In my school, we are going to:
Build a “Digital Telegraph” that supports communication between two BBC micro:bits.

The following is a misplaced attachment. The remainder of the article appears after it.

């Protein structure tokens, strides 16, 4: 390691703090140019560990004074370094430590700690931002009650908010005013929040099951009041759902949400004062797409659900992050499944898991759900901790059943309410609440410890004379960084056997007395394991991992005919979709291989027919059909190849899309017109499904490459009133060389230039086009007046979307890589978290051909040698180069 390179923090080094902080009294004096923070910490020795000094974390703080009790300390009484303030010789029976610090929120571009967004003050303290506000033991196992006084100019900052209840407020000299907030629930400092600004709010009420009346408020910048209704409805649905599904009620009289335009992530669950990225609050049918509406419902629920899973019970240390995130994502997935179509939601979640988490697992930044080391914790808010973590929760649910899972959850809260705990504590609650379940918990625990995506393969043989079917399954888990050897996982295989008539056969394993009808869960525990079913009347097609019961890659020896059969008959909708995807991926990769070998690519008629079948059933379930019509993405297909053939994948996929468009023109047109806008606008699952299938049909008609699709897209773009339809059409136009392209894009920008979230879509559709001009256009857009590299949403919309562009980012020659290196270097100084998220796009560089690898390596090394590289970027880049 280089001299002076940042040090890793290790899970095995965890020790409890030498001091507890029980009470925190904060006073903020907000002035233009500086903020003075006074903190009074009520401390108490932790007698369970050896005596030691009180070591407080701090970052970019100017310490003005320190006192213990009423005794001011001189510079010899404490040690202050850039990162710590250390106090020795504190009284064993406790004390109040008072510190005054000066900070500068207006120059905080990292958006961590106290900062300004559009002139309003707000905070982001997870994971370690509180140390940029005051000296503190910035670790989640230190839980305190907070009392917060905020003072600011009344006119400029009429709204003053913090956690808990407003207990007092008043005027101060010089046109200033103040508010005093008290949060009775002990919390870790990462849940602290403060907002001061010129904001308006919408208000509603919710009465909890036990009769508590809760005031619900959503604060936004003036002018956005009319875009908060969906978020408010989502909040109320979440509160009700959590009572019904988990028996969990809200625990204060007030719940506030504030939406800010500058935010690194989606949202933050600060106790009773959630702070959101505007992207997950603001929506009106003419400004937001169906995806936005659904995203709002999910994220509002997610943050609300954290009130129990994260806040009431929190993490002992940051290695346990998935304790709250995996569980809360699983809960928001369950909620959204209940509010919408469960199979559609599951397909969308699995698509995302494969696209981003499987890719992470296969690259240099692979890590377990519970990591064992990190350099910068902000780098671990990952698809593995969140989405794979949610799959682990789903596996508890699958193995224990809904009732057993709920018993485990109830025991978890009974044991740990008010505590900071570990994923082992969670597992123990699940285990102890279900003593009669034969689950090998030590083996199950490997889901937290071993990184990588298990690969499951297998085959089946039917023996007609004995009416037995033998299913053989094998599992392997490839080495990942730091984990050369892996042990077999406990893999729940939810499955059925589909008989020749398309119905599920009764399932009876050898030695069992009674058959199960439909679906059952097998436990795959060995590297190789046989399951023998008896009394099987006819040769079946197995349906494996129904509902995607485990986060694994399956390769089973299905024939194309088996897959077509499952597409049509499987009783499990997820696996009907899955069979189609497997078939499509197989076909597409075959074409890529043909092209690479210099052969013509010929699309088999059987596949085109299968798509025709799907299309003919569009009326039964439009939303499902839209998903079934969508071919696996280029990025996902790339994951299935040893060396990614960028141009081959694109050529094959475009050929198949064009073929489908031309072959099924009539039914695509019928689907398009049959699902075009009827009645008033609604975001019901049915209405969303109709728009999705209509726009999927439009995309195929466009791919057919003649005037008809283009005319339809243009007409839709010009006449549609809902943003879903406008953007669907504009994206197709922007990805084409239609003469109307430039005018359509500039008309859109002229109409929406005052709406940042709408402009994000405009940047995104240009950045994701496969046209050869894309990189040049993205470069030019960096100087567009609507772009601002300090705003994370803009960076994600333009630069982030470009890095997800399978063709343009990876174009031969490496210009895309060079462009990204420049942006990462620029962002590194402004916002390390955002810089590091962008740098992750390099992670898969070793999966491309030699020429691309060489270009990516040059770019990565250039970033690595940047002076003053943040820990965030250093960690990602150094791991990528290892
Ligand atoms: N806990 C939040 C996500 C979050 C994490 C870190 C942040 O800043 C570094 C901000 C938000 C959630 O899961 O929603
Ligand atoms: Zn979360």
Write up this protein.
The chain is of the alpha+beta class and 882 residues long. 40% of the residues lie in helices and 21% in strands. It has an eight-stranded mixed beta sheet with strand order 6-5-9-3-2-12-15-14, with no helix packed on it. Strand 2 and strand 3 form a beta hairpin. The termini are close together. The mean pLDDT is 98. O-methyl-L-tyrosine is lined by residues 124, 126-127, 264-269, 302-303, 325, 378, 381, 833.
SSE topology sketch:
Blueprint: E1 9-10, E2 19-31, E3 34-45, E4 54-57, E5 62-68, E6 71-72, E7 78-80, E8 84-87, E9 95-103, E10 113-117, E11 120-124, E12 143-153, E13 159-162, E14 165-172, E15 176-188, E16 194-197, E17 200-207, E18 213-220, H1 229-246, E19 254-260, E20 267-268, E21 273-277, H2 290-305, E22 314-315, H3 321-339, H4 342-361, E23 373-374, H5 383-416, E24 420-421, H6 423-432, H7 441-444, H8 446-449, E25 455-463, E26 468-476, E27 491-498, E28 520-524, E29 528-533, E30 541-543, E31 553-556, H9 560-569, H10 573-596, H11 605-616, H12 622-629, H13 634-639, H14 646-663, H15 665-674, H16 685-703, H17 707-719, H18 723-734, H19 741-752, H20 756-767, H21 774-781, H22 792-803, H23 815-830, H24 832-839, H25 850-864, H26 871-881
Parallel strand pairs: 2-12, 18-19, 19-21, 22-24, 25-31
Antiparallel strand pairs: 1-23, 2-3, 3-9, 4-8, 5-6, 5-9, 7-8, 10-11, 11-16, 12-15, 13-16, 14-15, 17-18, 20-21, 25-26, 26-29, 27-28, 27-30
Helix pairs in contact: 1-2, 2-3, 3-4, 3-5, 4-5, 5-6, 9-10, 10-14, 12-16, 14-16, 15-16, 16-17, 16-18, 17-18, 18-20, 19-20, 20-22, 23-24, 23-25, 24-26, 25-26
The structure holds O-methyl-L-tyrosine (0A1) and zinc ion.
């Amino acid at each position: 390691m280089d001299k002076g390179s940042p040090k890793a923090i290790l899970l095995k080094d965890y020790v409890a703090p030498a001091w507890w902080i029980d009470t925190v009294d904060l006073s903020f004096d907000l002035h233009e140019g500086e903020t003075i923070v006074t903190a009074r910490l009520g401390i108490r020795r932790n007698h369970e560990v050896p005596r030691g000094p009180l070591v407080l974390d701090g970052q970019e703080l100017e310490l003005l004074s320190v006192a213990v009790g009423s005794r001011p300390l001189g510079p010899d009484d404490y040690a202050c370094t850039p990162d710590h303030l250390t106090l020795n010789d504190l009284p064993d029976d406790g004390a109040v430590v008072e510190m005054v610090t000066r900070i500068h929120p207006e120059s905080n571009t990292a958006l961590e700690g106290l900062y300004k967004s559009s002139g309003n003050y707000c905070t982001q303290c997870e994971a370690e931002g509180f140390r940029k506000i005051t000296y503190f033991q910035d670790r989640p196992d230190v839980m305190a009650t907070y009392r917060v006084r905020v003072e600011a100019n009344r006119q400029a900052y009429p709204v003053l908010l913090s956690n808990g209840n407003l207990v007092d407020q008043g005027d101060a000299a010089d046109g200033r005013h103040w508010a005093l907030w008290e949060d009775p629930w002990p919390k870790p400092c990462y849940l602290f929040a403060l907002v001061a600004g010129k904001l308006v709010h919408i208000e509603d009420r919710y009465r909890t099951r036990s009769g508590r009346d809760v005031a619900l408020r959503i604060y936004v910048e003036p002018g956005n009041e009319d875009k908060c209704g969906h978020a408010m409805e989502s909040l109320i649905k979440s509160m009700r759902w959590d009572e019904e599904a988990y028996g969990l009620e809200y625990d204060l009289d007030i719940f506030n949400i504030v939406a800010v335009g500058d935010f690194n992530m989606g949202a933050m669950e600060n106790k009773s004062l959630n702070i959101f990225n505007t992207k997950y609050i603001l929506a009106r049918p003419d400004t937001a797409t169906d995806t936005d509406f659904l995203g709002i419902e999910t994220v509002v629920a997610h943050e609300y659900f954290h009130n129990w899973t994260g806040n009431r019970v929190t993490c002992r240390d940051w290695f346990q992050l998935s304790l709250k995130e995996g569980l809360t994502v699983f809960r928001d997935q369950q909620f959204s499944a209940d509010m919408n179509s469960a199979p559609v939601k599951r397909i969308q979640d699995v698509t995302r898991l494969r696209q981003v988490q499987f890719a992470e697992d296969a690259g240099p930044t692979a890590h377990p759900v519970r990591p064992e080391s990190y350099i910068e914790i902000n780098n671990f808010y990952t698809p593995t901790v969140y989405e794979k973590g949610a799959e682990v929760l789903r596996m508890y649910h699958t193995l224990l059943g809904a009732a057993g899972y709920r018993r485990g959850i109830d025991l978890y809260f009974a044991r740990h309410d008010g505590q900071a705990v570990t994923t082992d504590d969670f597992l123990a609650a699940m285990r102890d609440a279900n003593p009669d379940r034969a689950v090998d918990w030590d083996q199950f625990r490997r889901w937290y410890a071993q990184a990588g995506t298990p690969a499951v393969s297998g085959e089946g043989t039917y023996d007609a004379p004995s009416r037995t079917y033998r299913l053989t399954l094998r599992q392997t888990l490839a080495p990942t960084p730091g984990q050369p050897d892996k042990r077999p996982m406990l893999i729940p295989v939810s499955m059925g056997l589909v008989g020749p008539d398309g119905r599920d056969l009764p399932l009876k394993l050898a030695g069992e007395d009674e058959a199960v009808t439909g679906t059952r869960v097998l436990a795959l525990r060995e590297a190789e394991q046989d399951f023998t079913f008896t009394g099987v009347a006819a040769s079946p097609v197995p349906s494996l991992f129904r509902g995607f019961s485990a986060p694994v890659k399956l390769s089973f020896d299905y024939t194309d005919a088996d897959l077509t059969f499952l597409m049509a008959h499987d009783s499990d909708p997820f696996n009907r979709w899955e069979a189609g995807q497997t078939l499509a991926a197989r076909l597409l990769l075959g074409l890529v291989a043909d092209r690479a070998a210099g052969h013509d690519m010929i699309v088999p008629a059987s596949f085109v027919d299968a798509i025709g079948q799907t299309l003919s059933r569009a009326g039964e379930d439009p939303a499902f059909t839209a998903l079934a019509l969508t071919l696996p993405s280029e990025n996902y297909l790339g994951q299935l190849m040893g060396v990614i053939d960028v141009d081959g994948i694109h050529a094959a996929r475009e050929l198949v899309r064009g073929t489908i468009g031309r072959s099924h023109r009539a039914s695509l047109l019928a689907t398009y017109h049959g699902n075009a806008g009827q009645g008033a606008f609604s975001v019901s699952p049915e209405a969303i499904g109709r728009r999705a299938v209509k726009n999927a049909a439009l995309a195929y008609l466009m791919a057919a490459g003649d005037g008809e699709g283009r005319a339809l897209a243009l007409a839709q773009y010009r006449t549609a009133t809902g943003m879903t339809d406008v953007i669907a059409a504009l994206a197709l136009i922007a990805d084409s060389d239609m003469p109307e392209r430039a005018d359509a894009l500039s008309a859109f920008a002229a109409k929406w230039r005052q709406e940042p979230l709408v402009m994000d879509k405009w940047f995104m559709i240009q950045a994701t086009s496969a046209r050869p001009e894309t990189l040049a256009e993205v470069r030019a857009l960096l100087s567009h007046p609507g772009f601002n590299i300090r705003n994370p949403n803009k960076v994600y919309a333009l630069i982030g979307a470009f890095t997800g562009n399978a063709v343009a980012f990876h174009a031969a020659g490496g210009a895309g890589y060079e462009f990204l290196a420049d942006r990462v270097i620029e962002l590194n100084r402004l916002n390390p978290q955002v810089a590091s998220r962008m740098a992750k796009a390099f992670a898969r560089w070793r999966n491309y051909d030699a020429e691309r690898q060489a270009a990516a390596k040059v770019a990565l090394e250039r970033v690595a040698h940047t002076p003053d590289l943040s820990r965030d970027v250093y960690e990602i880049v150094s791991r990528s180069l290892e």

In this activity, students are going to build a “Digital Telegraph” that supports communication between two BBC micro:bits. While doing this, students will explore the phenomenon of electricity and its vital role in communication, and they will be encouraged to reflect on the impact electricity has had in the world of communications. They will also be introduced to the concept of encoding, ASCII & UNICODE tables, Morse Code and finally to cryptography. Furthermore, they will be encouraged to explore the role of cryptography in modern society and in the past and will have the option of studying Alan Turing’s work and its impact on the Second World War. After building the Digital Telegraph, students will write programs so that the two micro:bits will communicate with Morse Code. By writing these programs, they are going to study the concepts of input, output, repetion, event oriented programming and the selection structure. Moreover working on this activity they are going to study various concepts from physics, such as open and closed electric circuits, electric power source, electric current and earthing. The lesson plan is mapped to NGSS and ISTE standards and complies with the Greek curriculum of ICT and physics. It has an interdisciplinary approach encompassing ICT, physics and history. The 21st Century skills that are expected to be gained while doing this activity are: 1. Techical skills: Mechanical Engineering, Electrical Engineering, Software Engineering, and ICT skills such as computational thinking. 2. Learning and innovation skills: critical thinking and problem solving, communication and collaboration, creativity and innovation. In future lessons, this activity could be adapted to use two Arduino Unos.